Regarding Mrs. Gramer he stated that she "has not been married to his (plaintiff's) brother for three years, and as far as I can recollect, she would have no interest in the litigation. * * * She is married to somebody else now. She only was married to his brother for two or three years, according to the testimony, although she was married to other men, one for eighteen years, I think, and another for ten years. So that you must consider that." The Court also said that Mrs. Gramer had testified first by deposition in March 1967 and that her testimony had been written down. "So the plaintiff, when he came here this week to testify had had the opportunity to know just what she said. She did not have the opportunity to know what he was going to say. So you have the right to take that into consideration in evaluating their testimony."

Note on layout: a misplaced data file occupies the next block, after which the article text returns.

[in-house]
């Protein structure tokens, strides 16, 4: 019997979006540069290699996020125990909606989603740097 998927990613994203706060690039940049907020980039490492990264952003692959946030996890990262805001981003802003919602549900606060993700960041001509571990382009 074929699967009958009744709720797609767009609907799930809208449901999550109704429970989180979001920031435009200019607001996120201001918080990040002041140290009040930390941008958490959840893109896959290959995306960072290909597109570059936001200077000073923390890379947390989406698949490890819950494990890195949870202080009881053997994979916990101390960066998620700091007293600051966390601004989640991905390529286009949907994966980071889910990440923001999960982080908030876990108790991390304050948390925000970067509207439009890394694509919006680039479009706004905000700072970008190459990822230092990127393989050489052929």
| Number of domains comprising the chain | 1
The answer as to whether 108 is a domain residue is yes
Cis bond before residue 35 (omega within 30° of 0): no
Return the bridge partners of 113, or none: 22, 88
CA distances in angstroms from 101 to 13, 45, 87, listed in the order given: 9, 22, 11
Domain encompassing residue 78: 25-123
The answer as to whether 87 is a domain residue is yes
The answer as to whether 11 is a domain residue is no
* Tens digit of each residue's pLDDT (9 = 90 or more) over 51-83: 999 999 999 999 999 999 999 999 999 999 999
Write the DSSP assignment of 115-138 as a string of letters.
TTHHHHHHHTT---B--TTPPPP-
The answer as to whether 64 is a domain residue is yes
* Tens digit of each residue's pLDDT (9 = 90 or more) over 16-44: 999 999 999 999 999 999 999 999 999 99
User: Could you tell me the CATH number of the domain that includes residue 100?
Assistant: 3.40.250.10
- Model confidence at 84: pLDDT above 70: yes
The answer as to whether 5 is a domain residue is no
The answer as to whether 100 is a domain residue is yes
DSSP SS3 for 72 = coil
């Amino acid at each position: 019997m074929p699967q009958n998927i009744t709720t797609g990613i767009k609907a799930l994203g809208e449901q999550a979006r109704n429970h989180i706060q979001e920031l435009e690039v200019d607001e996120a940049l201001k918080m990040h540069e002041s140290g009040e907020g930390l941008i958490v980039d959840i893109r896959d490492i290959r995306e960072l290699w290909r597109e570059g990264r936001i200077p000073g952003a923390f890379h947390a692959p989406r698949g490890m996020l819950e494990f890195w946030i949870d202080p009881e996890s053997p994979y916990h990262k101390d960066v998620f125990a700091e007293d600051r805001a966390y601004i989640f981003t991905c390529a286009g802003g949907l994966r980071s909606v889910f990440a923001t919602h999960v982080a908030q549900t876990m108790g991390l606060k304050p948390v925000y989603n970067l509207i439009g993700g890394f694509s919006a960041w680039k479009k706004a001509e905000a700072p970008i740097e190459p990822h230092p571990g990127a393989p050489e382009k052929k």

After the conclusion of the charge, plaintiff's attorney told the Court that the defendant had taken a deposition of plaintiff prior to the trial and that Mrs. Gramer and her attorney had a copy of that deposition at the time Mrs. Gramer gave her testimony. Such deposition was not in evidence at the trial. The judge noted that the deposition was not in the Court file. It developed, as explained by defendant's lawyer, that the examination of plaintiff had been a discovery proceeding. The lawyer said regarding the deposition "it does not indicate what he (plaintiff) was going to testify at trial, because only I examined him. He was not examined for the purpose of trial by the plaintiff's attorney. It was discovery." The Court, speaking to counsel as to what plaintiff had said in his ...